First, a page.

WEBB v. The STATE.
A Dodge County jury found Remon Webb guilty of possession of drugs by an inmate under OCGA §§ 42-5-18 and 42-5-19, which charge arose after correctional officers discovered a plastic baggie of marijuana in Webb's locker during a random, prison cell “shakedown.” He appeals claiming that the evidence was insufficient to support the verdict and that he received ineffective assistance of trial counsel. After reviewing these claims of error, we affirm Webb's conviction.
1. When reviewing the sufficiency of the evidence, this Court views the record in a light most favorable to upholding the verdict.1 We do not weigh the evidence or judge witness credibility, those tasks being solely in the province of the jury. Instead, we look to see if the verdict is supported by evidence of record as to the essential elements of the crime charged so that a rational trier of fact may have found the defendant guilty beyond a reasonable doubt. “The verdict must be upheld if any rational trier of fact could have found the essential elements of the crime beyond a reasonable doubt.” 2
Here, the record shows that each cell at Dodge State Prison houses two inmates and contains two personal lockers, one for each inmate's use. Each locker is secured with a combination lock to which only the assigned inmate knows the combination, although it can be opened with a master key maintained by prison officials. The evidence shows that random “shakedowns,” i.e., searches, of the inmates' persons and their cells are conducted on a routine basis for purposes of prison security and officer safety.
At 4:00 a.m. on July 5, 1999, Dodge prison correctional officers conducted a routine, random search of Webb's prison cell. Testimony showed that, at the time of the search, Webb's locker was locked. The locker was opened and searched. In the back of the second shelf of Webb's locker under some clothing, the officers found a baggie of marijuana hidden inside a package of Bugler cigarette tobacco. Webb was charged under OCGA § 42-5-18(b), which proscribes possession of drugs by a prison inmate.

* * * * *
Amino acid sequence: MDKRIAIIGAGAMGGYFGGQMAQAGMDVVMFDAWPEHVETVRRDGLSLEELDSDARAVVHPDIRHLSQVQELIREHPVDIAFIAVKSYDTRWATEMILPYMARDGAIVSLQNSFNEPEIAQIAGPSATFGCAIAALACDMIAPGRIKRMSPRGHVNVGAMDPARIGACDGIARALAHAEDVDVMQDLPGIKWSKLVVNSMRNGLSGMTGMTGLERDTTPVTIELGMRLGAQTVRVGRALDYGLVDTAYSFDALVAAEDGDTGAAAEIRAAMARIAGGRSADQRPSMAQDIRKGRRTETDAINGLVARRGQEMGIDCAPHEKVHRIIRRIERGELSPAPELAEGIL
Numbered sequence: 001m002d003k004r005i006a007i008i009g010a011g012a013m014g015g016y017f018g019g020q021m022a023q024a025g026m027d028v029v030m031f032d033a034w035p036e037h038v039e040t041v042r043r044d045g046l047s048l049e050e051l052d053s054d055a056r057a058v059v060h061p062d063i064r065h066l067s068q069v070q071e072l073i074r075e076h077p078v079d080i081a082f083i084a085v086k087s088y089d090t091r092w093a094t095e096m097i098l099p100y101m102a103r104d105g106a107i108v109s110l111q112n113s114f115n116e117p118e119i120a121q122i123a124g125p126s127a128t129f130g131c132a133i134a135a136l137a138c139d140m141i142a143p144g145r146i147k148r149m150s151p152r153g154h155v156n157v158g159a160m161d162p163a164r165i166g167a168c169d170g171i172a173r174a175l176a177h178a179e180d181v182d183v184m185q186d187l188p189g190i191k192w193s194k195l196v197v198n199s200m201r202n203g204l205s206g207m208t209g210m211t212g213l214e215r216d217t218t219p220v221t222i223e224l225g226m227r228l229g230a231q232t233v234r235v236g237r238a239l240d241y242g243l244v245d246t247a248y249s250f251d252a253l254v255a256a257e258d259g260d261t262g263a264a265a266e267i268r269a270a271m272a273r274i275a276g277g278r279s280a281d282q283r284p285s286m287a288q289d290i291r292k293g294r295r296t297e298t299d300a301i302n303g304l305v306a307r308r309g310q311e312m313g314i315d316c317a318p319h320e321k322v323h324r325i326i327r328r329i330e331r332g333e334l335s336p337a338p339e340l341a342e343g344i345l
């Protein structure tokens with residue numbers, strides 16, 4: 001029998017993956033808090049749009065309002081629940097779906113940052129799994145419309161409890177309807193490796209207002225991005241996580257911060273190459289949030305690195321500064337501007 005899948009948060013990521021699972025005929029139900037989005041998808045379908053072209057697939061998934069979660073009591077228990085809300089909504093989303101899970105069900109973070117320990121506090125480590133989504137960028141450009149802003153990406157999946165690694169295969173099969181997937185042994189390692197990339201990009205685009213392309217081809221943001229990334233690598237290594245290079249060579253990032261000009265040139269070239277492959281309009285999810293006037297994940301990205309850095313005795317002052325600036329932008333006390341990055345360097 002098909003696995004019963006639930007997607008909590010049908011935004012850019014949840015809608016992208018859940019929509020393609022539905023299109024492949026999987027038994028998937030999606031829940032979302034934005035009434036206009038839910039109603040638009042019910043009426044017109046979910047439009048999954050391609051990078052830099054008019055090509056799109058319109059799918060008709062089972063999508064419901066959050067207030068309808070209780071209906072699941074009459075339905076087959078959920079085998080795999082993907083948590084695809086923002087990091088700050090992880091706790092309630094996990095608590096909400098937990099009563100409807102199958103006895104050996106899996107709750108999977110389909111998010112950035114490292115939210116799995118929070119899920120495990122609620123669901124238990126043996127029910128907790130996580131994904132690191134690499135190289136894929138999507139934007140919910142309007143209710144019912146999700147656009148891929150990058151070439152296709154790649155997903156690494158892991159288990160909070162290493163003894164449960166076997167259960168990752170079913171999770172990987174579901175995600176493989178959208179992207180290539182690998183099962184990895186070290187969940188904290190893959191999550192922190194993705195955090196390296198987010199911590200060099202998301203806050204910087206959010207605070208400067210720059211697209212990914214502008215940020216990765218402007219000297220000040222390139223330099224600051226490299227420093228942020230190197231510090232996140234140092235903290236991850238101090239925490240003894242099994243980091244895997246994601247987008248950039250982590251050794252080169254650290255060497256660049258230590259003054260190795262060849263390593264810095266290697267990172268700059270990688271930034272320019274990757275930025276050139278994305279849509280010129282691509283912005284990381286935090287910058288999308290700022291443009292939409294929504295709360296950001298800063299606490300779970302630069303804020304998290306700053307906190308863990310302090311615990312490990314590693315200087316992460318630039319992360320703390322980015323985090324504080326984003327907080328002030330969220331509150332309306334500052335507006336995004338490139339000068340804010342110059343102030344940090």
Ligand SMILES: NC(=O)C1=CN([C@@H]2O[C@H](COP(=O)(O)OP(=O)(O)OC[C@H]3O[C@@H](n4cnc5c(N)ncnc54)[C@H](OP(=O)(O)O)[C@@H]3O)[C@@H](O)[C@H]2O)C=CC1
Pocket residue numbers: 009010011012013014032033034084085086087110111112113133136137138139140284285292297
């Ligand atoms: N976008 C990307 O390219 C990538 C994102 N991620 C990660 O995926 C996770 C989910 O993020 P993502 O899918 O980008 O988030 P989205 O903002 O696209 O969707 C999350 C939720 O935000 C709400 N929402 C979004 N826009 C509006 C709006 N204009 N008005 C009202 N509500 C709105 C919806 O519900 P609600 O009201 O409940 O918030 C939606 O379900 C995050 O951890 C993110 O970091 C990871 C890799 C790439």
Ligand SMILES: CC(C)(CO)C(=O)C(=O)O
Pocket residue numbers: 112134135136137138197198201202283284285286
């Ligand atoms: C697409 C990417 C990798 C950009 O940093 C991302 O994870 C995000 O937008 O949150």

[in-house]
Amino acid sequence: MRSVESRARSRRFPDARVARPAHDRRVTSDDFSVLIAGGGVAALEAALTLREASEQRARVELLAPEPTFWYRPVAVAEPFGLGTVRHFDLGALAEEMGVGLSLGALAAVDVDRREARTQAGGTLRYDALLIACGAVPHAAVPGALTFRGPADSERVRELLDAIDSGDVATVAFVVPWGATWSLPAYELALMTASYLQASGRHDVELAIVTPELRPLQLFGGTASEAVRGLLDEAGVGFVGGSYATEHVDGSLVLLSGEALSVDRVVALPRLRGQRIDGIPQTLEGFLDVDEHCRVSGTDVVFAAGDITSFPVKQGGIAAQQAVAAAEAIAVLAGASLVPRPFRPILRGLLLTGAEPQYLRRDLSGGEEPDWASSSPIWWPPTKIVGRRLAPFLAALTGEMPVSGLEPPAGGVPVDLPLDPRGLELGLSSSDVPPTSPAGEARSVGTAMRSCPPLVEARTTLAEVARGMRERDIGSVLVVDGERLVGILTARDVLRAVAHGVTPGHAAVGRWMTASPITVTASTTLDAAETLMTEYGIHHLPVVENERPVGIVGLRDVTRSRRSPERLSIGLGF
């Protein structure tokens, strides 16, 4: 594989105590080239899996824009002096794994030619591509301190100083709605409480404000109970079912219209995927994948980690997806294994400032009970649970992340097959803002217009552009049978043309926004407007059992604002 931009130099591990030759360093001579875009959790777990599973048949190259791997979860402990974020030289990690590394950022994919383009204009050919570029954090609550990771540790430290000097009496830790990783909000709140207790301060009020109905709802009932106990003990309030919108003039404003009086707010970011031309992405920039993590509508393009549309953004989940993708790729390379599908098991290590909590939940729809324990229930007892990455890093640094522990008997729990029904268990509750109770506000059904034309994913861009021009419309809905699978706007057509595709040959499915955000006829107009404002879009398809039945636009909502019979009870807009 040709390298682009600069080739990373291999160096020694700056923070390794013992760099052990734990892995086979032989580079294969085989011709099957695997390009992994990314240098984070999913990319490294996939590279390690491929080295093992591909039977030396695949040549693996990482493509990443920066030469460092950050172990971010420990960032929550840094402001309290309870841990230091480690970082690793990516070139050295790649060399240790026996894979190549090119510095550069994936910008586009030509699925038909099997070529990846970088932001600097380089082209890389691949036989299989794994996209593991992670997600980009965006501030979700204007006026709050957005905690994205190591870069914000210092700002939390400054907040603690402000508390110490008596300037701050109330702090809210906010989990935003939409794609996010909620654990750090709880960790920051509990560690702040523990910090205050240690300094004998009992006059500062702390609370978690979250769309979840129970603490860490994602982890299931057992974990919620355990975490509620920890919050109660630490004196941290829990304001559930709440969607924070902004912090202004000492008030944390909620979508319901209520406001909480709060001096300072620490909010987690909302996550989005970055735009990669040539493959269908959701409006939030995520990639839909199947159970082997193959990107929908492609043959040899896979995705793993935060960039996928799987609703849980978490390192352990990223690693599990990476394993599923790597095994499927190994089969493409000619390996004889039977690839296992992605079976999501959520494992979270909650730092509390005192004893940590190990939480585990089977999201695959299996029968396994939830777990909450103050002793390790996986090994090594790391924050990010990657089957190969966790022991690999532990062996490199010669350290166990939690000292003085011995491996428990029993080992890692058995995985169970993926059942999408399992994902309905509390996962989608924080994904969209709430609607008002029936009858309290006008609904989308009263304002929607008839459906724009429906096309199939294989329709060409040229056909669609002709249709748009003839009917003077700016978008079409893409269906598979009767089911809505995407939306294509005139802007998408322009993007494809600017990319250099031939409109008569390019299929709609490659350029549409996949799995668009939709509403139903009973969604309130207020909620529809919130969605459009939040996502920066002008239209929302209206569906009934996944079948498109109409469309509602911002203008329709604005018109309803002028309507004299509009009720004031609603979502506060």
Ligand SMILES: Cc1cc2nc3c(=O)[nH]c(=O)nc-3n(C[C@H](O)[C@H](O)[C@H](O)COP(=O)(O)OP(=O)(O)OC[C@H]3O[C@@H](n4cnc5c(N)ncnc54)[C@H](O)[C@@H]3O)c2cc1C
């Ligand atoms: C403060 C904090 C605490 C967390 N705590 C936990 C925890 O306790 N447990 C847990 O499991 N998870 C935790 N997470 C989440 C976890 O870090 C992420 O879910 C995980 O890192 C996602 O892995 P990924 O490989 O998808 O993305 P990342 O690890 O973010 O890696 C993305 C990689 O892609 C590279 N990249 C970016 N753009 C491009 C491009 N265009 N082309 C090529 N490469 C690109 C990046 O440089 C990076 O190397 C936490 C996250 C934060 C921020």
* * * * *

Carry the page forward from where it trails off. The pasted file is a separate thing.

At trial, Webb did not deny that the marijuana was found in the Bugler box in his locker, but maintained that his locker had been left open so that the searching officers or his cell mate, Ron Ivey, could have planted the drugs in his locker. The jury, however, rejected Webb's defense and found him guilty as charged.
On appeal, Webb contends that evidence of his possession of the marijuana was circumstantial only and did not exclude the “reasonable hypothesis” that his cell mate and/or the searching officers had equal access to his locker and could have planted the drug therein.
Whether or not in a given case circumstances are sufficient to exclude every reasonable hypothesis save the guilt of the accused is primarily a question for determination by the jury. This of necessity is so, for we have no legal yardstick by which we can ordinarily determine what in a given case is a reasonable hypothesis, save the opinion of twelve upright and intelligent jurors. Only where the evidence is insupportable as a matter of law may the jury's verdict be disturbed, even where the evidence is circumstantial.3
In this case, the jury heard testimony that the prison cells remain locked at all times; that there is no way to access an inmate's locker without the combination or the administration's master key; that Webb's locker was locked at the time of the search; that the marijuana was found secreted under Webb's clothes in the back of Webb's locker; that the marijuana was found hidden in a Bugler tobacco package; and that the Bugler tobacco package belonged to Webb.